X

Japan equities poised for further gains along with a turnaround for value

In February 2021, Japan’s Nikkei Stock Average reached JPY 30,000 for the first time in over three decades. Shigeru Aoyagi, Nikko AM Japan Value Fund Chief Portfolio Manager, believes that equities will keep rising and that amid this shift in the broader market Japanese value stocks are on the cusp of a long-awaited turnaround.

Factors that drove the Nikkei above 30,000

The impressive rise by Japanese equities over the past several months has been driven in part by factors that have boosted global markets, such as strong fiscal and monetary policy support and hopes that the roll-out of vaccines will enable economies to recover from the COVID-19 pandemic. At the same time, we believe that the surge in Japanese equities—the Nikkei is back at levels last seen during the heady days of the bubble era three decades ago—is also being fuelled by investors reassessing the intrinsic value of Japanese equities in the wake of the pandemic.

How Japan has coped with the pandemic provides investors a good opportunity to reassess its equity market. The country, without strict lockdown measures, has kept its COVID-19 infection rates low compared to its developed market peers. Such a display of social stability during a global crisis has prompted investors to reassess Japan and its perceived political risks, in our view.

Another recent development that deserves attention is Japan’s market reform efforts. A prime example is the realignment of the Tokyo Stock Exchange (TSE), with its five sections being reorganised into three in 2022. The listing requirements regarding tradable shares and market cap will become more stringent, and approximately a third of the companies currently listed on the TSE’s first section run the risk of being excluded from the top “Prime” section following realignment. In order to meet the new requirements and remain listed, companies are expected to unwind cross shareholdings. The realignment should therefore provide an incentive for companies to improve their corporate governance practices, which in turn will enhance shareholder value.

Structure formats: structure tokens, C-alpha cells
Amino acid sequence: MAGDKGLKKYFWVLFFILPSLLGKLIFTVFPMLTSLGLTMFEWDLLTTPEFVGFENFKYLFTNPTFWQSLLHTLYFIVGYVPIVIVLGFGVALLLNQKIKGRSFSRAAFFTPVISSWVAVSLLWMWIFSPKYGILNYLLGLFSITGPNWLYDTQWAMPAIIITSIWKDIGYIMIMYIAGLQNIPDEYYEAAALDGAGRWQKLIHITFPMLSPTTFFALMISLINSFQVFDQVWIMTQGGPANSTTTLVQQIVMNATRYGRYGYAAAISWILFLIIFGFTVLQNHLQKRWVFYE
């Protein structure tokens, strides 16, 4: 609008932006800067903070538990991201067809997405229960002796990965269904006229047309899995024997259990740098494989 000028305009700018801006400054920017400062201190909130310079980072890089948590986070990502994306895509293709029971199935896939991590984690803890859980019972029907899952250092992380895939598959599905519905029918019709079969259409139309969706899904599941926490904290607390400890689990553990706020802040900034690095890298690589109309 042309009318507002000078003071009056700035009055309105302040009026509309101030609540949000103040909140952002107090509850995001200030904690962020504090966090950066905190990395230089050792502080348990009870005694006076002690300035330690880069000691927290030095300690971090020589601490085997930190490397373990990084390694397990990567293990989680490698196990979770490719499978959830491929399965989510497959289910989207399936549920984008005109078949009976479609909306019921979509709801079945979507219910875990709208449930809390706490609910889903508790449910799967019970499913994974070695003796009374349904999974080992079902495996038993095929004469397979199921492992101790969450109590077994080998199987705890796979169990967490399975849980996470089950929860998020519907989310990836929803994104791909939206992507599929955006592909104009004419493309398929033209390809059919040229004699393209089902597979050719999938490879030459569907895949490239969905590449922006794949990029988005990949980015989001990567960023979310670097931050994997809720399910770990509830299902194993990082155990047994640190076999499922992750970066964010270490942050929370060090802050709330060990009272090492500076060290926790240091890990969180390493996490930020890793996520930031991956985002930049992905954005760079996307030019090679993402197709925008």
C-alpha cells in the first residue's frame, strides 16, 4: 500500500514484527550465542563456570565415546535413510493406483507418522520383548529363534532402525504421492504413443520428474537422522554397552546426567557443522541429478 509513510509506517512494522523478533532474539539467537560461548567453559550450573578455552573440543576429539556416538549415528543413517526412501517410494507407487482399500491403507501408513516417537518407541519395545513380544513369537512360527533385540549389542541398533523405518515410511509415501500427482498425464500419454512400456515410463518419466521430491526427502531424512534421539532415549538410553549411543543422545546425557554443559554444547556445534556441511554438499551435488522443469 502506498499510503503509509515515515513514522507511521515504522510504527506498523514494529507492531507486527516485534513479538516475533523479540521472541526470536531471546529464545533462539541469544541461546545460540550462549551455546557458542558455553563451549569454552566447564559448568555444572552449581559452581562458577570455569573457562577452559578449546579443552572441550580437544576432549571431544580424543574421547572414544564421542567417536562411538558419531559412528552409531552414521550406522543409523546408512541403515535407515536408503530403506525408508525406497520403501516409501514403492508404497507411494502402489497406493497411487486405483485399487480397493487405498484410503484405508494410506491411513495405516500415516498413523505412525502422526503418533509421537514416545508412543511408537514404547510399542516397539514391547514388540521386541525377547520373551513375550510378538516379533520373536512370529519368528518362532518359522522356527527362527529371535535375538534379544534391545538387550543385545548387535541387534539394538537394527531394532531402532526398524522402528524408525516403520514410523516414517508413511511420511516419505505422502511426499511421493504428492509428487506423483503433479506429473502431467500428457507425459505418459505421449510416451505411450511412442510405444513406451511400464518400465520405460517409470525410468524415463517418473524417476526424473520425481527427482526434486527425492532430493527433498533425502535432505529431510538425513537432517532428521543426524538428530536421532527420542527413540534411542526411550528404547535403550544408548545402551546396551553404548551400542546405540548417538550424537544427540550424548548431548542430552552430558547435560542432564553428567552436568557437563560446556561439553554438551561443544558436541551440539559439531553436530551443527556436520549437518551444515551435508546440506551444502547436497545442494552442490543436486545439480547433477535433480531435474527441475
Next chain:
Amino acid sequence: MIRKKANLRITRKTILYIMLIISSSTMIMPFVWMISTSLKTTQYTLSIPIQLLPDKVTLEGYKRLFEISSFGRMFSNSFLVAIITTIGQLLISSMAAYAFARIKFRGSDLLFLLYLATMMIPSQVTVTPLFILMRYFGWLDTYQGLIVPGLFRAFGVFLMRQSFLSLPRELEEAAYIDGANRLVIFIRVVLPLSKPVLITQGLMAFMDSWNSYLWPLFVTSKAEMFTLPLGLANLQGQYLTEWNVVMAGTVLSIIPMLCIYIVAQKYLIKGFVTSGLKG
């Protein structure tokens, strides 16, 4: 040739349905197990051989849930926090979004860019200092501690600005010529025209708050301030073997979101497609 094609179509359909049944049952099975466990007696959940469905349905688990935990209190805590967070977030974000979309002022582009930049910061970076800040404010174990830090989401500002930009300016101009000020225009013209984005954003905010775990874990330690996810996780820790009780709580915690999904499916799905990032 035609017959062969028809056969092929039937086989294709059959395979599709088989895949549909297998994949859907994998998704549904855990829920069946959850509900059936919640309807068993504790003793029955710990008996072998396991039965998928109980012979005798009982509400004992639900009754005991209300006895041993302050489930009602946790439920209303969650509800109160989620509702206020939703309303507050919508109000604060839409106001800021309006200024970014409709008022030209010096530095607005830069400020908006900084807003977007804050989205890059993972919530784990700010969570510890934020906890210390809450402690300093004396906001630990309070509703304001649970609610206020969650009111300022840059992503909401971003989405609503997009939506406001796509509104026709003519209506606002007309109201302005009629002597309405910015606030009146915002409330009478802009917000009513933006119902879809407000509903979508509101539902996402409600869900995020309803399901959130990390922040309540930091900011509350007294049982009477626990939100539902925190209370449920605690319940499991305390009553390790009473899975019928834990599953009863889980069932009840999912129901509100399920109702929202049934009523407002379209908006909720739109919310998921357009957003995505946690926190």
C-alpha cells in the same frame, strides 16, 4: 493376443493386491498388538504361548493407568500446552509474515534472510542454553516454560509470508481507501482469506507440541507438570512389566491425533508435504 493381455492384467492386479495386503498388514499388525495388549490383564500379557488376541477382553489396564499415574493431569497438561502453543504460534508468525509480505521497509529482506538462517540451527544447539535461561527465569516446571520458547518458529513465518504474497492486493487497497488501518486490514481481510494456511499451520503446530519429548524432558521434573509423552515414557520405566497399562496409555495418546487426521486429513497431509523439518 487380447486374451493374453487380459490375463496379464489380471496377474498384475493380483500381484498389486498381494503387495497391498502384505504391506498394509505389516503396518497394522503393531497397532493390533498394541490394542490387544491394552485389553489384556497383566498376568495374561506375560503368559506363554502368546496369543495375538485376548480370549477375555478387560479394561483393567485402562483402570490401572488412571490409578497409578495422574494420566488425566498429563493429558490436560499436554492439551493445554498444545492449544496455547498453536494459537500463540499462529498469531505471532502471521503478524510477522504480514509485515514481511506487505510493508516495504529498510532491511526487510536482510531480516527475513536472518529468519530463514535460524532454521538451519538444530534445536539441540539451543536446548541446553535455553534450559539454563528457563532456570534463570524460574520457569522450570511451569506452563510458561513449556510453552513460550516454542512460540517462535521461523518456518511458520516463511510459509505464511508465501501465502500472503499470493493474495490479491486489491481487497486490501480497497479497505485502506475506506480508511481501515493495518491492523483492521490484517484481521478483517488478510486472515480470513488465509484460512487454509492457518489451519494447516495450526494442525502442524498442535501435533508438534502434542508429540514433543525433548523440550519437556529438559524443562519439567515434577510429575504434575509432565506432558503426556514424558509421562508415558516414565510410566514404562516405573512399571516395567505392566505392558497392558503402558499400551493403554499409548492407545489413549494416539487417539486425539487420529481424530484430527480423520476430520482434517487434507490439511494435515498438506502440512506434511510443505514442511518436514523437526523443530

Lastly, the pandemic displayed the ability of Japanese companies to manage risk in the face of an unexpected, global black-swan event. Manufacturers quickly altering their production lines to produce masks and medical supplies, major technology firms adopting work-from-home arrangements for a majority of their employees early in the pandemic and firms quickly addressing cost structure to combat a declining top line are but a few examples.

Comparing the bubble era and the present

Compared to 1988, when the Nikkei first rose above 30,000, the market environment in 2021 has changed significantly. In 1988 the Japanese economy was in the middle of an historic bubble era and the Nikkei 225’s P/E ratio was at a lofty 63x due to excess liquidity and amid a proliferation of cross shareholdings. But presently, its P/E ratio is at a relatively healthy level of 19x (Chart 1).

Chart 1: Nikkei P/E ratio, 1988 vs 2021. Source: Mizuho Securities, based on data by Nihon Keizai Shimbun and Toyo Keizai

Other metrics illustrate how the market environment has changed over the past three decades. In 1988, the Nikkei’s P/B ratio was at 5.0x, suggesting that many of the companies were overvalued at the time, while the ratio is now at 1.4x (Chart 2).

The dividend yield also highlights how shareholders’ expectations have changed significantly over the past 30 years. The Nikkei’s dividend yield in1988 was a modest 0.46%, as companies did not place much importance on the metric at the time. It has since risen to 2.10% (Chart 3). More importantly, the country’s high level of cross shareholdings—long associated with corporate complacency and lax governance—has declined sharply since the 1990s, when it was at its peak.

Chart 2: Nikkei P/B ratio, 1988 vs 2021. Source: Mizuho Securities, based on data by Nihon Keizai Shimbun and Toyo Keizai